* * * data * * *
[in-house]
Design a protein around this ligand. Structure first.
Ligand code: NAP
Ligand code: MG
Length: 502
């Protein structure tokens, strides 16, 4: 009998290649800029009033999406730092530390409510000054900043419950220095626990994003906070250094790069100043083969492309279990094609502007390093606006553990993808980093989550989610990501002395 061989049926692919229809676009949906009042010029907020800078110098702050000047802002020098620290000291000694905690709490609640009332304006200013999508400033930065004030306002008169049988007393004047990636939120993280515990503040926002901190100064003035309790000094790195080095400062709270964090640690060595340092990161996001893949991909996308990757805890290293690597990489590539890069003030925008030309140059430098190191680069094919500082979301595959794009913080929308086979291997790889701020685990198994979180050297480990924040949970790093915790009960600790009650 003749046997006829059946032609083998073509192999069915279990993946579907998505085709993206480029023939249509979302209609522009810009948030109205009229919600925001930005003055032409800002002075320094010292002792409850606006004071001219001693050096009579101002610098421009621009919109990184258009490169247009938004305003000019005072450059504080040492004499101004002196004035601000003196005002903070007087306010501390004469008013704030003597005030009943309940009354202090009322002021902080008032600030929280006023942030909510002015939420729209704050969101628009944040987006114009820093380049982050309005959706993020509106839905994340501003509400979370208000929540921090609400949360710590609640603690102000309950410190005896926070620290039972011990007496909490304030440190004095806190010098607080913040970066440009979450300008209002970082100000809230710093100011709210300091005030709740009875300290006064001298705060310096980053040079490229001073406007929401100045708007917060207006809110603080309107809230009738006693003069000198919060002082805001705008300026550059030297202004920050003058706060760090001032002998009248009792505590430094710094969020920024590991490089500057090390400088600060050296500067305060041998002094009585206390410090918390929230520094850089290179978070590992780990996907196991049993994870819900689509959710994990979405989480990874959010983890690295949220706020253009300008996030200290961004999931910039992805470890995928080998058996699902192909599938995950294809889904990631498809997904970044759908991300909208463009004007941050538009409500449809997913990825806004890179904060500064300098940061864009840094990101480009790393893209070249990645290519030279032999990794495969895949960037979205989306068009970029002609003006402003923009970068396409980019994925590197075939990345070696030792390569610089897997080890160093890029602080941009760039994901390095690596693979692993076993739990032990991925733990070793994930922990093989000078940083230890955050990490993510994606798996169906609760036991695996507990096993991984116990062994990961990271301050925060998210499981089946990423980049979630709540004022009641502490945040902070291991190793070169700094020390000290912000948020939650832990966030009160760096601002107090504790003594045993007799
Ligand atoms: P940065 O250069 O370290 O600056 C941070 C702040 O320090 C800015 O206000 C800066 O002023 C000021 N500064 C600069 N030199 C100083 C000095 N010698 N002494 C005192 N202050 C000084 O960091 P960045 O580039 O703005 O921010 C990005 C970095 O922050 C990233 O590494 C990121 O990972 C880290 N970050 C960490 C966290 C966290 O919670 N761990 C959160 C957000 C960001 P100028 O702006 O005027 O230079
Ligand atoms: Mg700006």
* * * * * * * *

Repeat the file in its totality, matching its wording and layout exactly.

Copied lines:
[in-house]
Design a protein around this ligand. Structure first.
Ligand code: NAP
Ligand code: MG
Length: 502
């Protein structure tokens, strides 16, 4: 009998290649800029009033999406730092530390409510000054900043419950220095626990994003906070250094790069100043083969492309279990094609502007390093606006553990993808980093989550989610990501002395 061989049926692919229809676009949906009042010029907020800078110098702050000047802002020098620290000291000694905690709490609640009332304006200013999508400033930065004030306002008169049988007393004047990636939120993280515990503040926002901190100064003035309790000094790195080095400062709270964090640690060595340092990161996001893949991909996308990757805890290293690597990489590539890069003030925008030309140059430098190191680069094919500082979301595959794009913080929308086979291997790889701020685990198994979180050297480990924040949970790093915790009960600790009650 003749046997006829059946032609083998073509192999069915279990993946579907998505085709993206480029023939249509979302209609522009810009948030109205009229919600925001930005003055032409800002002075320094010292002792409850606006004071001219001693050096009579101002610098421009621009919109990184258009490169247009938004305003000019005072450059504080040492004499101004002196004035601000003196005002903070007087306010501390004469008013704030003597005030009943309940009354202090009322002021902080008032600030929280006023942030909510002015939420729209704050969101628009944040987006114009820093380049982050309005959706993020509106839905994340501003509400979370208000929540921090609400949360710590609640603690102000309950410190005896926070620290039972011990007496909490304030440190004095806190010098607080913040970066440009979450300008209002970082100000809230710093100011709210300091005030709740009875300290006064001298705060310096980053040079490229001073406007929401100045708007917060207006809110603080309107809230009738006693003069000198919060002082805001705008300026550059030297202004920050003058706060760090001032002998009248009792505590430094710094969020920024590991490089500057090390400088600060050296500067305060041998002094009585206390410090918390929230520094850089290179978070590992780990996907196991049993994870819900689509959710994990979405989480990874959010983890690295949220706020253009300008996030200290961004999931910039992805470890995928080998058996699902192909599938995950294809889904990631498809997904970044759908991300909208463009004007941050538009409500449809997913990825806004890179904060500064300098940061864009840094990101480009790393893209070249990645290519030279032999990794495969895949960037979205989306068009970029002609003006402003923009970068396409980019994925590197075939990345070696030792390569610089897997080890160093890029602080941009760039994901390095690596693979692993076993739990032990991925733990070793994930922990093989000078940083230890955050990490993510994606798996169906609760036991695996507990096993991984116990062994990961990271301050925060998210499981089946990423980049979630709540004022009641502490945040902070291991190793070169700094020390000290912000948020939650832990966030009160760096601002107090504790003594045993007799
Ligand atoms: P940065 O250069 O370290 O600056 C941070 C702040 O320090 C800015 O206000 C800066 O002023 C000021 N500064 C600069 N030199 C100083 C000095 N010698 N002494 C005192 N202050 C000084 O960091 P960045 O580039 O703005 O921010 C990005 C970095 O922050 C990233 O590494 C990121 O990972 C880290 N970050 C960490 C966290 C966290 O919670 N761990 C959160 C957000 C960001 P100028 O702006 O005027 O230079
Ligand atoms: Mg700006």